Supplementation with antioxidants, zinc or copper has neither a beneficial nor harmful effect on cognition in elderly people, a new study from the University of California, San Francisco indicates.
Free radical damage is thought to be involved in common forms of dementia. Several observational studies of non-demented older adults have suggested that high antioxidant dietary intake or the use of antioxidant supplements is associated with better cognitive performance.
The researchers examined the effects of daily antioxidant and/or mineral supplements on the mental abilities of elderly participants in the Age-Related Eye Disease Study.
The subjects were randomly assigned to take antioxidants (500 milligrams of vitamin C, 400 units of vitamin E, and 15 milligrams of beta carotene); or 80 milligrams of zinc and 2 milligrams of copper; or antioxidants plus zinc and copper; or a placebo pill. A year before entering the study, the participants' dietary intake was assessed using a standardized food questionnaire.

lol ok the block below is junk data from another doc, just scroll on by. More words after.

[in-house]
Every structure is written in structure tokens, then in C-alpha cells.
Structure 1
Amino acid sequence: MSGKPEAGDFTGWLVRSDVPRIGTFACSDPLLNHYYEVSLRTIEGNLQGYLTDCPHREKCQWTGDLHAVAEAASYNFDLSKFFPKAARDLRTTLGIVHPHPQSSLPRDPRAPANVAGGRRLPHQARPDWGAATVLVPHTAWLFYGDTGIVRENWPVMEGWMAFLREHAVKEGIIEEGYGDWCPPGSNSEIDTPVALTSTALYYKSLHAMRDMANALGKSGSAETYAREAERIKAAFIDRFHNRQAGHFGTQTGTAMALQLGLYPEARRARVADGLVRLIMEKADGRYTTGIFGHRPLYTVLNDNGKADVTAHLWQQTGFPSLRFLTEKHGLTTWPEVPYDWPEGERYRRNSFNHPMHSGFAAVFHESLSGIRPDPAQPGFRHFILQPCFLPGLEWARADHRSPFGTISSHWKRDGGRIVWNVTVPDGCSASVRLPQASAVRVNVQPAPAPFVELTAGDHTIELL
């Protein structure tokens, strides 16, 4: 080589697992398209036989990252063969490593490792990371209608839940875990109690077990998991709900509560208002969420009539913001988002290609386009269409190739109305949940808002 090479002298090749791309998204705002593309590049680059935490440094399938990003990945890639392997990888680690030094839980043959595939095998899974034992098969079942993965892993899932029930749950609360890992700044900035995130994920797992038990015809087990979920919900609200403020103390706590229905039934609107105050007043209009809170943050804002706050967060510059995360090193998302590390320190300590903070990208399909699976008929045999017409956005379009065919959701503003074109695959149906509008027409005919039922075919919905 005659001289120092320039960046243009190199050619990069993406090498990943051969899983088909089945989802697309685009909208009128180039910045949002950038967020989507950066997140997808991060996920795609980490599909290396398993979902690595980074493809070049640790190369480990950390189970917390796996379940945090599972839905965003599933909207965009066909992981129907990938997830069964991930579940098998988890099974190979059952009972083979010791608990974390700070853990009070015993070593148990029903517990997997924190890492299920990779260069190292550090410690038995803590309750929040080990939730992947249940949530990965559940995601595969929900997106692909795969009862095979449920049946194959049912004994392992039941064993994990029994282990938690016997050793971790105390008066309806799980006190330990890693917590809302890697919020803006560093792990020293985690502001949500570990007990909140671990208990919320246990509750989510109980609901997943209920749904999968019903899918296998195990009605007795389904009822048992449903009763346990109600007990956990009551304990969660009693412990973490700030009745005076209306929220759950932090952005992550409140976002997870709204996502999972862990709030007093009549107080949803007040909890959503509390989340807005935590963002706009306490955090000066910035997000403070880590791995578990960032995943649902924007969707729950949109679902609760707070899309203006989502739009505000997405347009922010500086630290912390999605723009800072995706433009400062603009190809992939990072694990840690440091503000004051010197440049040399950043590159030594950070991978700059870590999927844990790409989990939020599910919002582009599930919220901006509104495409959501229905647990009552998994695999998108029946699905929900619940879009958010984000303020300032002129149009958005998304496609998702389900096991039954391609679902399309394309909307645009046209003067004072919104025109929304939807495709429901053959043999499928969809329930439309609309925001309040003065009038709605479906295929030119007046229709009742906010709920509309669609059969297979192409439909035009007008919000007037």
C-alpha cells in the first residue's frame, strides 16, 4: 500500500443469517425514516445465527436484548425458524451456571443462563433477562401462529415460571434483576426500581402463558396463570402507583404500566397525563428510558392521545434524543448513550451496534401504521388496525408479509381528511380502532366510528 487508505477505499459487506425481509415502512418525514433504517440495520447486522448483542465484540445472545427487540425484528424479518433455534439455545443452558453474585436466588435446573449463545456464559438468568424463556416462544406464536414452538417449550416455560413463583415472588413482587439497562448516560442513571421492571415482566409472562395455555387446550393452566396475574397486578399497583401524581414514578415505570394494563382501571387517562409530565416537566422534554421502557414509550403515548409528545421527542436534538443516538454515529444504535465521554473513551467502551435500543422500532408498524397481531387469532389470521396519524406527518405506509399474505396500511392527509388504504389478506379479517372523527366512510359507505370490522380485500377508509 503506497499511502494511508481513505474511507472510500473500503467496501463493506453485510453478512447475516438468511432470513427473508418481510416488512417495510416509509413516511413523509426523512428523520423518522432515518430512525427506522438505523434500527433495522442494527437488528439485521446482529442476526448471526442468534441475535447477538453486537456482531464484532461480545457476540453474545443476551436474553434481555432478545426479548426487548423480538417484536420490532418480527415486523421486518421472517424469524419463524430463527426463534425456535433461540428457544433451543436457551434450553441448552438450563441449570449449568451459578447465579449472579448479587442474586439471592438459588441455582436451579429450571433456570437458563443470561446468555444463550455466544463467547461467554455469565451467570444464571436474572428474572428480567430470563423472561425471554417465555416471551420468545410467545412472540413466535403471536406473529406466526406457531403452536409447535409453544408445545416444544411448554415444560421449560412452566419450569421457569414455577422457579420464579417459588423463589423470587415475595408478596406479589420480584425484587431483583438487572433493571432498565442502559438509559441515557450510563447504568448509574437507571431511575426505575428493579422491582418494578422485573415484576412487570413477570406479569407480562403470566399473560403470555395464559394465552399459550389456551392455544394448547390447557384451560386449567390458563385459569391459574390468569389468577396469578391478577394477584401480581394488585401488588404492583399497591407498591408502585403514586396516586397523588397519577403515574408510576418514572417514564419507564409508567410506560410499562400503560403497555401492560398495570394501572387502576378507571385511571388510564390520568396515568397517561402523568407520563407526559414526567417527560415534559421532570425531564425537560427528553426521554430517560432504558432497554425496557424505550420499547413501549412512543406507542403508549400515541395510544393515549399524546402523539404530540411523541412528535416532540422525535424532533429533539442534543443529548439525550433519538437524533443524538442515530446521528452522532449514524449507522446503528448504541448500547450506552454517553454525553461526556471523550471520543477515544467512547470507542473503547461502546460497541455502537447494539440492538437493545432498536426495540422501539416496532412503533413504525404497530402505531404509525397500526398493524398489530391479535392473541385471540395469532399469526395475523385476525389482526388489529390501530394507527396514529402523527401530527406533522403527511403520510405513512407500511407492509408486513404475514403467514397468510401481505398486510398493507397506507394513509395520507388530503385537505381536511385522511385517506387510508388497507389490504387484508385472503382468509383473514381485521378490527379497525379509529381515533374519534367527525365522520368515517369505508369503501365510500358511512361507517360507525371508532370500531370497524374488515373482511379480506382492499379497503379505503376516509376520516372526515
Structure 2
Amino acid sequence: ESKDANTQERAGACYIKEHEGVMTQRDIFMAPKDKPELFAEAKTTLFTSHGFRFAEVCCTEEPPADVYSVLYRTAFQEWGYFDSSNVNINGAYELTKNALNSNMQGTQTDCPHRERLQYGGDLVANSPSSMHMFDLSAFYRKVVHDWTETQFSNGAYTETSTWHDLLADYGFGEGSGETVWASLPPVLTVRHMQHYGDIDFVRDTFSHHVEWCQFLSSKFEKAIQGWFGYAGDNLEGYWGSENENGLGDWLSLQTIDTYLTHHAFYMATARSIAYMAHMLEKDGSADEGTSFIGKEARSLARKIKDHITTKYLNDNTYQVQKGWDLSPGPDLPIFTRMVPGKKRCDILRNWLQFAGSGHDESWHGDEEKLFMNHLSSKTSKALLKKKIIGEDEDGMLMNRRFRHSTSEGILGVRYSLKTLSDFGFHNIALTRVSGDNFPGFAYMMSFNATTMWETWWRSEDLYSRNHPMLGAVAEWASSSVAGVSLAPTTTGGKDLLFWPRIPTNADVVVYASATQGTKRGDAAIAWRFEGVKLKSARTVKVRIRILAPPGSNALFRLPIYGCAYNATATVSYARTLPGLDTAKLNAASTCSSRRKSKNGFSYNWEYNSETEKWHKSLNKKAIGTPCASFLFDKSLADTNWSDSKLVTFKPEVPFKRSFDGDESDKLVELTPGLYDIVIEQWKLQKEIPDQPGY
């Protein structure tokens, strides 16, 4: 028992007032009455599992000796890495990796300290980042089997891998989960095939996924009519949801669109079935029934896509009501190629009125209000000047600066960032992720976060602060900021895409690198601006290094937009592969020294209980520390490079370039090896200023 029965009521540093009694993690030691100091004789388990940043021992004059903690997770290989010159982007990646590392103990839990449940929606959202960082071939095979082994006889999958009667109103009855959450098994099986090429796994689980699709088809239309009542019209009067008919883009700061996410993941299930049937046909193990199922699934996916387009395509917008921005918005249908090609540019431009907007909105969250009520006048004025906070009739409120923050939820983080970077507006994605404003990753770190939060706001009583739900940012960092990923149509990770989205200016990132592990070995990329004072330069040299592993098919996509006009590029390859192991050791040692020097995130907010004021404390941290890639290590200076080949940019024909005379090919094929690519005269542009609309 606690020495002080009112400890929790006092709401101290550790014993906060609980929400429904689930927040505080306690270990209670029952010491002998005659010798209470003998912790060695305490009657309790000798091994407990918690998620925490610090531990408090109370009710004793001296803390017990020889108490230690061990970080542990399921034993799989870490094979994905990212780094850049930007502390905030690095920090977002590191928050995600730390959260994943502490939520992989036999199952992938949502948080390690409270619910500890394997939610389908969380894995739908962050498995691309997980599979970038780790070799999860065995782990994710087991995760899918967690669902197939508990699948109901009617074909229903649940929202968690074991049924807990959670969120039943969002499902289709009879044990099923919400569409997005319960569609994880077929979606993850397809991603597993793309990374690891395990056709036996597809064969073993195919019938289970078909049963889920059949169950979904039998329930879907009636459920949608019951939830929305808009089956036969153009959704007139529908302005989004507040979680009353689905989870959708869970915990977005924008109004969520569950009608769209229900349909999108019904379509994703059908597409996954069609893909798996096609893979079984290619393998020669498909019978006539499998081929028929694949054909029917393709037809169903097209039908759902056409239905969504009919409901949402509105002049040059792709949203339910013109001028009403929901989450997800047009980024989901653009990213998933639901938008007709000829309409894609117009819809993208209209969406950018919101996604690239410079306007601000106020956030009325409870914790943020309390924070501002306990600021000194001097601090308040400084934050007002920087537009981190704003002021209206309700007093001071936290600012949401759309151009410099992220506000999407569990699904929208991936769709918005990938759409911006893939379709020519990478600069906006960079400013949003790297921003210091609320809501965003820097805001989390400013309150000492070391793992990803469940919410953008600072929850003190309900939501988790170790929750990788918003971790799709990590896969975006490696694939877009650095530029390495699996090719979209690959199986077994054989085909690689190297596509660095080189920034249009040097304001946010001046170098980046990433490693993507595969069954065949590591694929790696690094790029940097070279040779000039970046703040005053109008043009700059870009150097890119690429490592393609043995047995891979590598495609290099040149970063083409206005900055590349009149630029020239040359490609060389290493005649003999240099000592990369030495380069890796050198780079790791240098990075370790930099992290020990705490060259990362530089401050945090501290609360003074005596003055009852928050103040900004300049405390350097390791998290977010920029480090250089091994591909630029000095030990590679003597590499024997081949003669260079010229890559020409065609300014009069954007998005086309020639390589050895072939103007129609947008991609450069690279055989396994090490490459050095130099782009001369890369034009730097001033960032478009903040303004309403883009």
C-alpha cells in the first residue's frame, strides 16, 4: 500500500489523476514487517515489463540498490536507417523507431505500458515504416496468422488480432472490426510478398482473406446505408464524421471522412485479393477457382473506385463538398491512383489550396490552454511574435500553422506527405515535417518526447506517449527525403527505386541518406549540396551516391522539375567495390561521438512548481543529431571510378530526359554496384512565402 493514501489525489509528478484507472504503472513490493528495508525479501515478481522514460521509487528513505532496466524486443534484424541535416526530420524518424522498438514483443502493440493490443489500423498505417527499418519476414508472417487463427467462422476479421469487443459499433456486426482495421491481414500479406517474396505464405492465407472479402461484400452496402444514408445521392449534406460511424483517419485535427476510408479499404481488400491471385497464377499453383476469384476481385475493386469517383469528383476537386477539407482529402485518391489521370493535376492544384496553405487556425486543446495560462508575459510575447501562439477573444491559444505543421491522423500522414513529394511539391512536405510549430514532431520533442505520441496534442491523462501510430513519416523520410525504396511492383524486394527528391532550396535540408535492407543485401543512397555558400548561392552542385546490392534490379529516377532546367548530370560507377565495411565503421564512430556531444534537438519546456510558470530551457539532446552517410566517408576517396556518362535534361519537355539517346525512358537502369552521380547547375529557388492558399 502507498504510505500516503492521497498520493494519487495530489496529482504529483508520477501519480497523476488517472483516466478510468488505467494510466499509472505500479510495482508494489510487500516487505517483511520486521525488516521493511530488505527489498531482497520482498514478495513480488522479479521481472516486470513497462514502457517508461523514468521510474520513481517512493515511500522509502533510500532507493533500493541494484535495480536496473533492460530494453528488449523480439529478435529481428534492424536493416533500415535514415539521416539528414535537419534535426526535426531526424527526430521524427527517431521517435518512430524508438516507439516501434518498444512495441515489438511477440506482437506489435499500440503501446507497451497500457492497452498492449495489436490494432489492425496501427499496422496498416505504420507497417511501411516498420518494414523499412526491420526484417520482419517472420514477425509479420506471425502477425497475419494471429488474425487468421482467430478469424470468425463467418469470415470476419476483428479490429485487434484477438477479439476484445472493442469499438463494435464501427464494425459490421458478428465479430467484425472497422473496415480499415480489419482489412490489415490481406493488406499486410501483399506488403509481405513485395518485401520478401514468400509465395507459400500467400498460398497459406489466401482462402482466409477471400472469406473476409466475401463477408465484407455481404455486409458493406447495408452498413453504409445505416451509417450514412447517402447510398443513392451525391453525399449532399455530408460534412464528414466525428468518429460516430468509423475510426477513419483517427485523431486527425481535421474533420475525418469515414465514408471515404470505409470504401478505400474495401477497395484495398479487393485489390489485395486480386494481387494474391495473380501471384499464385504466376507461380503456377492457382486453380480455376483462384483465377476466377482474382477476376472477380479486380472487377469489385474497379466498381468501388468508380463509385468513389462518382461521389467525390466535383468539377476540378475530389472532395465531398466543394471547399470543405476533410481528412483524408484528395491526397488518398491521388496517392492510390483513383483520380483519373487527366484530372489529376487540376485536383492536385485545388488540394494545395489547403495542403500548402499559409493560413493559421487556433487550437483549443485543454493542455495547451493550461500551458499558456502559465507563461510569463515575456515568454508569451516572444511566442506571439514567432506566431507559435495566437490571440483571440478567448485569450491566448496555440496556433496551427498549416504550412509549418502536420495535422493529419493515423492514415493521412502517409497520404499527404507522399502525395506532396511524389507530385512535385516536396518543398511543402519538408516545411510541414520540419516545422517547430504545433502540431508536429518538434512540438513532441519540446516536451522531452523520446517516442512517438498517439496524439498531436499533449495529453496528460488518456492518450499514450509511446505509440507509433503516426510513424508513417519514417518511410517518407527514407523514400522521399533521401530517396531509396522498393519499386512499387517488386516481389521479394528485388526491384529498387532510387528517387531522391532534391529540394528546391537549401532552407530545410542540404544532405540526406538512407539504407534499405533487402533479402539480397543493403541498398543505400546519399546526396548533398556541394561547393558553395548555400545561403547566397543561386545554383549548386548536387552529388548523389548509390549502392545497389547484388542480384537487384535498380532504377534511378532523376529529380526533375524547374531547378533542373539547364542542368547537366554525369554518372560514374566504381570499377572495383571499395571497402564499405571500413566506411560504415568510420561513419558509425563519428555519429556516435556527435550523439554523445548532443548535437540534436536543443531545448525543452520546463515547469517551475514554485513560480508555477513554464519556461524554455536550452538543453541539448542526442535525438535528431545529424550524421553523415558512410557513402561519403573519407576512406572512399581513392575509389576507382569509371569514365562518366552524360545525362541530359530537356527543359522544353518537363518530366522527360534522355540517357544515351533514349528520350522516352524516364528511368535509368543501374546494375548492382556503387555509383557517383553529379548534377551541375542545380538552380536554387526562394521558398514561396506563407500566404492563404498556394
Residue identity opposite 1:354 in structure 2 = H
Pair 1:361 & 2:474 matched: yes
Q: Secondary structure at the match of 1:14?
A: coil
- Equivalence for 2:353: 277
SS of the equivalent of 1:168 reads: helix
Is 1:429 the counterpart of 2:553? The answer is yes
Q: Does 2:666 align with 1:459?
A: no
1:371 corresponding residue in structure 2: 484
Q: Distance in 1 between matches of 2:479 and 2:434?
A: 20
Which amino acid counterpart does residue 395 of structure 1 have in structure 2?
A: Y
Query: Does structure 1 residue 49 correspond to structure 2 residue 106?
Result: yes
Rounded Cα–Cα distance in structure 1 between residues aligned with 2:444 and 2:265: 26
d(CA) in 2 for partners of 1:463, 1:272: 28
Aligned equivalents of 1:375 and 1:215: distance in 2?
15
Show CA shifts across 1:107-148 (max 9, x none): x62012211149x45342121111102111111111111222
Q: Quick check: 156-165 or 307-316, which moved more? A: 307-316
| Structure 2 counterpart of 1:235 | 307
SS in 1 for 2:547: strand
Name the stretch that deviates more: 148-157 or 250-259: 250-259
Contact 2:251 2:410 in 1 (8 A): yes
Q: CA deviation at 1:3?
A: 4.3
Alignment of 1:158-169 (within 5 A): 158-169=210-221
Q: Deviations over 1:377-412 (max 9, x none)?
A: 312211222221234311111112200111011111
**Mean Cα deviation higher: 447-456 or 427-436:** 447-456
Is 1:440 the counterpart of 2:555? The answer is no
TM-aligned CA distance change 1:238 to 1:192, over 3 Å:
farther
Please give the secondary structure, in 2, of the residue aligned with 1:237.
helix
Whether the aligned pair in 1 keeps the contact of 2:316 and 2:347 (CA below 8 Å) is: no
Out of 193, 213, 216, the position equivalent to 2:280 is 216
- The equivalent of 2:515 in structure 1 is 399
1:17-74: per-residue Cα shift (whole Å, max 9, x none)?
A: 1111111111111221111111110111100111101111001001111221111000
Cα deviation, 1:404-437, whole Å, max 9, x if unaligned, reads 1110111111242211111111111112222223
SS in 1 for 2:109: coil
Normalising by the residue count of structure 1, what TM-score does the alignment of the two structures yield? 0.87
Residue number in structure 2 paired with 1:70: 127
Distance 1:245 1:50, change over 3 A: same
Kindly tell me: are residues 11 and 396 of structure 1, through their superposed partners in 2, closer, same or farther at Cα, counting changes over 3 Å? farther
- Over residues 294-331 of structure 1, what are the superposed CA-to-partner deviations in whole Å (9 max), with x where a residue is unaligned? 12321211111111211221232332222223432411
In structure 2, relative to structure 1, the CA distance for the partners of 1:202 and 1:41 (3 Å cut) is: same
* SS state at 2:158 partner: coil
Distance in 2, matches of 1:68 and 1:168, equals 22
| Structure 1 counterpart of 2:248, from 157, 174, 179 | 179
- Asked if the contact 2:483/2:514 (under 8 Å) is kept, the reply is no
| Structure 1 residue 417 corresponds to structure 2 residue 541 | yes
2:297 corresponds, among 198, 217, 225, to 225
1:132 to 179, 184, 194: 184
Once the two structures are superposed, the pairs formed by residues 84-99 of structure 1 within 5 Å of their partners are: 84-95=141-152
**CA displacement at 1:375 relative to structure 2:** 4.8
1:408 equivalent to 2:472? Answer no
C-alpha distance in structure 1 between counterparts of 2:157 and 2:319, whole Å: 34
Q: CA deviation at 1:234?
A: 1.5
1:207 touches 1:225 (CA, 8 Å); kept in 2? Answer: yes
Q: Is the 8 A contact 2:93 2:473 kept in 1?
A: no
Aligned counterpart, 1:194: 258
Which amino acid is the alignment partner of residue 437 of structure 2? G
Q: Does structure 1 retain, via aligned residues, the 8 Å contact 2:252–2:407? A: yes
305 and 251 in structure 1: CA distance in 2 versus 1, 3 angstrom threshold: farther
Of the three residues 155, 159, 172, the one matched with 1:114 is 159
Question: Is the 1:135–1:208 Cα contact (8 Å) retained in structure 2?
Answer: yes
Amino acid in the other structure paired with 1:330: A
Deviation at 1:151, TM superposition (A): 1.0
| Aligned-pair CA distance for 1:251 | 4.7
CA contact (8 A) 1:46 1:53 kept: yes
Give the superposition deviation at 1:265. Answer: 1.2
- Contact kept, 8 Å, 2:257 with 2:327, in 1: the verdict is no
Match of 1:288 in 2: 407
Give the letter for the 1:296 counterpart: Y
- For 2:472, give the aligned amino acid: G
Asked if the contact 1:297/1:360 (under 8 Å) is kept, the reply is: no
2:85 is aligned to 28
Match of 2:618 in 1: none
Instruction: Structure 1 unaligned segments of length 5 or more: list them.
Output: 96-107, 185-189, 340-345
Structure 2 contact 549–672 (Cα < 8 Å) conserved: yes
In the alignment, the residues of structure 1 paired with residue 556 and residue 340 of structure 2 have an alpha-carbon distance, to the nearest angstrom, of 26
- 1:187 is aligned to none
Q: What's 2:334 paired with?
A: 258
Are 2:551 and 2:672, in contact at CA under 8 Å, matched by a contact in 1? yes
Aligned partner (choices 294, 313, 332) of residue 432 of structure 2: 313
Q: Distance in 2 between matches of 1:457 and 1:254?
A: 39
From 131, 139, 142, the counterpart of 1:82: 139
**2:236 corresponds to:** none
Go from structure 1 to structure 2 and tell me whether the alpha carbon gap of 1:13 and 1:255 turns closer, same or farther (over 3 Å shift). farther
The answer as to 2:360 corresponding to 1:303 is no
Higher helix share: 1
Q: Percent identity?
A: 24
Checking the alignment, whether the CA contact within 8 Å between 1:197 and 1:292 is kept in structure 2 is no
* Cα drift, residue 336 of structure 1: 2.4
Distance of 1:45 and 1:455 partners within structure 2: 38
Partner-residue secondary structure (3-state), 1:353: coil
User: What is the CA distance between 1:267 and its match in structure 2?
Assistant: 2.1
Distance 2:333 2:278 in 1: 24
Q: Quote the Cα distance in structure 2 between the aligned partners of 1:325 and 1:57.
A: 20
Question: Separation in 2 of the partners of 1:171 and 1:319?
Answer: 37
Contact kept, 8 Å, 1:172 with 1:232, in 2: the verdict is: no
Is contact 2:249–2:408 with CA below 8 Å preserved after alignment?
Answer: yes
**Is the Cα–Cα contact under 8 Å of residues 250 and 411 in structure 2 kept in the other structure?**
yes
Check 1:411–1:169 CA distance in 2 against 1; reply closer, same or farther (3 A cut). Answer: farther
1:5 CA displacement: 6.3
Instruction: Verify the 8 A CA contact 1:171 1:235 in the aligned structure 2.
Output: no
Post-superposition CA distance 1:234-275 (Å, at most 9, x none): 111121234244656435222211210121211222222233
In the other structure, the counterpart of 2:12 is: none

After an average of 6.7 years, a total of 2166 patients who completed study underwent a battery of tests to evaluate their cognitive powers. No significant differences were seen between any of the groups on any of the eight parts of the six tests administered.
The team concluded that the likelihood of developing mental impairment is not significantly affected by any of the supplements tested.
All research on this web site is the property of Leslie Beck Nutrition Consulting Inc. and is protected by copyright. Keep in mind that research on these matters continues daily and is subject to change. The information presented is not intended as a substitute for medical treatment. It is intended to provide ongoing support of your healthy lifestyle practices.